Irricana councillor issued stop order by Town of Irricana
Councillor Frank Dusome was issued a stop order by the Town of Irricana on July 10 in accordance with the Municipal Government Act.
Dusome is accused of having an unsightly and untidy property, having altered surface elevations and clear cutting trees and bushes, destroying four healthy deciduous trees, accumulating debris and constructing a fence and retaining wall without authorization in Founders Park.
Dusome is being ordered to pay for replacing the trees at an estimated cost of $619.50; returning the property to its original elevations; removing the fence retaining wall, debris, and reimbursing the Town $550 to confirm the property line between Founders Park and his property.
Dusome said the incident began when the road in front of his house was repaved last year, causing water to drain into an existing swale, located in Founders Park.
“Now it dumps back into my property,” he said about the storm runoff.
“That’s not right.”
Dusome said he began backfilling his property to prevent the swale from emptying water onto his property.
Dusome claims the Town went to Alberta Environment and complained about him interrupting the water’s natural flow.
Dusome said he disagrees with the Alberta Environment statement that storm water naturally drains east along his property. He thinks it travels west.
Dusome claims Founders Park once had a swale that carried the water away from his property, but it was filled in by the Town years ago, a belief that was confirmed by CAO Alvin Melton.
Dusome said heavy rainfalls have to drain somewhere.
“Somebody has to be the bearer of these 100-year floods,” Dusome said. “They don’t want it to be the campground, the industrial area or (other) people’s properties.”
In addition to the water drainage issue, Dusome said he approached the Town about two years ago because he wanted to build a fence between his property and the campground to prevent trespassing.
“Kids would come here, smoke dope, light fires, it was just a matter of time before someone was going to get hurt in here or light the place up,” Dusome said.
However, he wasn’t certain of the property line and claims he was told to “deal with it himself,” by the Town.
Dusome said he put up a temporary fence, which has since been taken down on order of the Town.
Dusome said he feels the two issues are related and that the Town is trying to intimidate him by raising concerns about the fence.
“Now they were going, ‘let’s make sure we make his life miserable’,” he said.
He said council held an in-camera meeting without him, after which he was ordered to remove the branches he had used to fill his land in preparation for building the fence he wished to construct in the abandoned swale between the two properties.
Dusome said he is frustrated with the situation.
“It’s my property and I want to make it level…,” he said.
In answer to the allegations of clear-cutting, Dusome said he cut down one tree, the majority of which he believed was on his property, and removed several caragana shrubs.
During an onsite interview, Dusome pointed out the stump in question.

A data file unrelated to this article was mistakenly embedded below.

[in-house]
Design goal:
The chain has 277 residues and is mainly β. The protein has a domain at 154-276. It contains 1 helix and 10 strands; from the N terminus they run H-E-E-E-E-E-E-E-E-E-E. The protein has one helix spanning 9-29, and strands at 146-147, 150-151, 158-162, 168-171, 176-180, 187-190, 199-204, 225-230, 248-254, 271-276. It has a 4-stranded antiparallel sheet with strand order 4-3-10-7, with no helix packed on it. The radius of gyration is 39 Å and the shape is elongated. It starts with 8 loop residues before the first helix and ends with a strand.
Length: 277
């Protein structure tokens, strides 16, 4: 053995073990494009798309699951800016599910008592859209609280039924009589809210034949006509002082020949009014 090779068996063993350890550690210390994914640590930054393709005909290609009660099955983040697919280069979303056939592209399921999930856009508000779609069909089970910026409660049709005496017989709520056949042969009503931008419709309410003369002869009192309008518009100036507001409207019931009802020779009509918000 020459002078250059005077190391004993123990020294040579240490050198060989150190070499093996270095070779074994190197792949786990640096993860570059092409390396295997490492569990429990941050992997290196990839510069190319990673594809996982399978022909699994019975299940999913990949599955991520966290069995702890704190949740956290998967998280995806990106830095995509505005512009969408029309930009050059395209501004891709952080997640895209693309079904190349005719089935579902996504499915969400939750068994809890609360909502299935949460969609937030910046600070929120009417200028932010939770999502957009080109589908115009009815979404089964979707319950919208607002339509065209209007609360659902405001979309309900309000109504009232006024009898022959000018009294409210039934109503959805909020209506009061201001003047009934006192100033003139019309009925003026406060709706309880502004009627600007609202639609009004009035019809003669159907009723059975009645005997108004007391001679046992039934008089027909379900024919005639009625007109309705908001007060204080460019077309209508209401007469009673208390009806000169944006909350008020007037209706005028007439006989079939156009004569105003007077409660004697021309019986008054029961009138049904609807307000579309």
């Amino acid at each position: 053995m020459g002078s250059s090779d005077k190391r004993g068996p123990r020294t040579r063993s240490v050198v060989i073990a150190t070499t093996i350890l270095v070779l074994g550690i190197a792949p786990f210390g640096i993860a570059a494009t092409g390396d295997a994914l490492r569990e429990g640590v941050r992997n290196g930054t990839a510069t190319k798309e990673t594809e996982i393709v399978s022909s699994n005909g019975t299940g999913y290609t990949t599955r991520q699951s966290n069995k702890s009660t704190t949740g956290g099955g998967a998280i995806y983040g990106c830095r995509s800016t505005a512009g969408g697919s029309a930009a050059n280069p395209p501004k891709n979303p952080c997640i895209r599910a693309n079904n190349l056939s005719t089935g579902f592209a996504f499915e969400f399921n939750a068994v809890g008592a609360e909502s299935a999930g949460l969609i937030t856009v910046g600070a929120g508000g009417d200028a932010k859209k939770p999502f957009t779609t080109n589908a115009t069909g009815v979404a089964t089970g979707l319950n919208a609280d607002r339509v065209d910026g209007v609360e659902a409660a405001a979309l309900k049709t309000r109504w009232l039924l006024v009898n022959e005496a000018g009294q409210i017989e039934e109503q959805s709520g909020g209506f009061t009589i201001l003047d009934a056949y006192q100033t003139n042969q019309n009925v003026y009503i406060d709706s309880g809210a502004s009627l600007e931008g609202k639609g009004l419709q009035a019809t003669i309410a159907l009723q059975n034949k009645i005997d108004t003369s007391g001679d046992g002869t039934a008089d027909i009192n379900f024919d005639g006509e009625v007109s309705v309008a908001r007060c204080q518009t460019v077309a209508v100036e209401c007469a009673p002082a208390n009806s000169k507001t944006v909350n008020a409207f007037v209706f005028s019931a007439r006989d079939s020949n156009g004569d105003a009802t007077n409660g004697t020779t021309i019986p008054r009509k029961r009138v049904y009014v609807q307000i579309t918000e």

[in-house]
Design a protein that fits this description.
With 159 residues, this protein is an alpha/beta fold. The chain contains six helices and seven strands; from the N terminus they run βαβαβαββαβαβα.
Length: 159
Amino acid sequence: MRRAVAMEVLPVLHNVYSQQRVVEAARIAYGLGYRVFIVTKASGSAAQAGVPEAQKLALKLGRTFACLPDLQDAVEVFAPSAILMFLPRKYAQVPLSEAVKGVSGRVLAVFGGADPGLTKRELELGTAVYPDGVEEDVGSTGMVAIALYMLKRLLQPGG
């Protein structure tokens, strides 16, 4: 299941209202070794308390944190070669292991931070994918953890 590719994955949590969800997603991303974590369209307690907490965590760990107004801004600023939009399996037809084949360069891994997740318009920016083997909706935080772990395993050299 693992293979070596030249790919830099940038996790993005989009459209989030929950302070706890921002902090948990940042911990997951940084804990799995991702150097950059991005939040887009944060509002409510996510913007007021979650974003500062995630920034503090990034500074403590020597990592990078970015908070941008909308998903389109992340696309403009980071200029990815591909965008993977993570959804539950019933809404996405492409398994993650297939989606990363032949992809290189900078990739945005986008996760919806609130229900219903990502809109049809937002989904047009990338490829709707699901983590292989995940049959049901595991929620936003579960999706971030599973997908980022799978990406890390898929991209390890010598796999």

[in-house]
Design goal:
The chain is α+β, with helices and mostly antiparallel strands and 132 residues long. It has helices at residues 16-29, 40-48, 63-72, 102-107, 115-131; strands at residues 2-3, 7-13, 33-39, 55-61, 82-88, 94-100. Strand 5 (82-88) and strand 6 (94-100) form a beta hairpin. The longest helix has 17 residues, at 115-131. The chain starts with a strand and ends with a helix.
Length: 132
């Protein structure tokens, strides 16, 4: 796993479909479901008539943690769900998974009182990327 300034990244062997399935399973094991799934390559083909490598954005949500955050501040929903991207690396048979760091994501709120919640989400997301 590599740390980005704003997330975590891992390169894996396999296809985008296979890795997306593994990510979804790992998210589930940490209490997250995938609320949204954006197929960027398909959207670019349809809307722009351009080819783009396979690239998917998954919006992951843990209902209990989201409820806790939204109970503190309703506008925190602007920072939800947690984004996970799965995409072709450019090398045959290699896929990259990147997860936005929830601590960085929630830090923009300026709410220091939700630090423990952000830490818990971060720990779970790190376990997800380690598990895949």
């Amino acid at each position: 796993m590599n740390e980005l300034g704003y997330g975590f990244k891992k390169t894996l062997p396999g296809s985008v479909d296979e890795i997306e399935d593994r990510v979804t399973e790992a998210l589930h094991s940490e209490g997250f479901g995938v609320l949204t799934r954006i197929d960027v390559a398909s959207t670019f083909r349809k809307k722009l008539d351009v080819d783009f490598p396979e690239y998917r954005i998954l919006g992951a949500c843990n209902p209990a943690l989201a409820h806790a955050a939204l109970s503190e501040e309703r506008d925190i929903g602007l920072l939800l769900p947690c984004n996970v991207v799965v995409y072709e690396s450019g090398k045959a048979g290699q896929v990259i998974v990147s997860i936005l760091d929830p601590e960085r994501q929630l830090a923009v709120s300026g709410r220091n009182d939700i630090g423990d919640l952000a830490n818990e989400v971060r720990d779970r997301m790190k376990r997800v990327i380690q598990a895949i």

“This one is on my property,” he said, adding he hadn’t set out to destroy campground trees.
Two of the other trees in question were missing about a foot of bark around their bases, damage Dusome attributed to his son, Ian, who he said scuffed them with equipment while cleaning the abandoned swale.
Dusome said the fourth tree, which he said grows on a slant, is the most contenscious.
“This one bugs me the most. You can see I’ve been no where close to this tree,” Dusome said, noting that he is being held responsible for the tilt of the tree.
“There’s no way on earth (it was caused by me).”
Dusome said the trees were unhealthy prior to the situation, adding that is likely the reason a wind storm blew trees onto his property, tearing power lines from his house and knocking out two sections of his fence, in 2010.
As soon as he cleaned it out, he was given the stop order by the town.
“Then they attacked me again,” he said.
Dusome said he wants the Town to work more cooperatively with residents, adding the stop order could have been avoided with open communication.
Dusome said he has owned the four-acre property for four years and has spent about $50,000 on landscaping his yard.
Melton said he cannot discuss details of the stop order until the appeal comes up at the next council meeting on Aug. 20.
However, his account of the incident differs from Dusome’s.
“Basically what happened was he trespassed on campground land and bulldozed a whole whack of trees,” he said. “If you look at all the trees, they’re at a slant. (Dusome) has taken all the brush that is piled (on his property) and put them up against the trees and that’s why (the trees are) at an angle now.”
“You have to put it back to it’s natural state,” he said, adding the Town wants to keep the northeast portion of the park natural.
“We want to make sure that the campground is an inviting spot,” said Melton. “We want to keep it natural, lush and enjoyable for all the campers. Having someone trespass and cut down town trees and bulldoze the land: it’s unacceptable.”
Dusome said he hopes the appeal on Aug. 20 will be discussed publicly.
“He (Dusome) can appeal it, but when somebody trespasses and destroys public property and puts up a fence on someone else’s property – you can’t do it,” Melton said. “That’d be like me coming into your backyard, cutting down all your trees, digging up your lawn and saying ‘Hey, tough luck, it looks better now.’”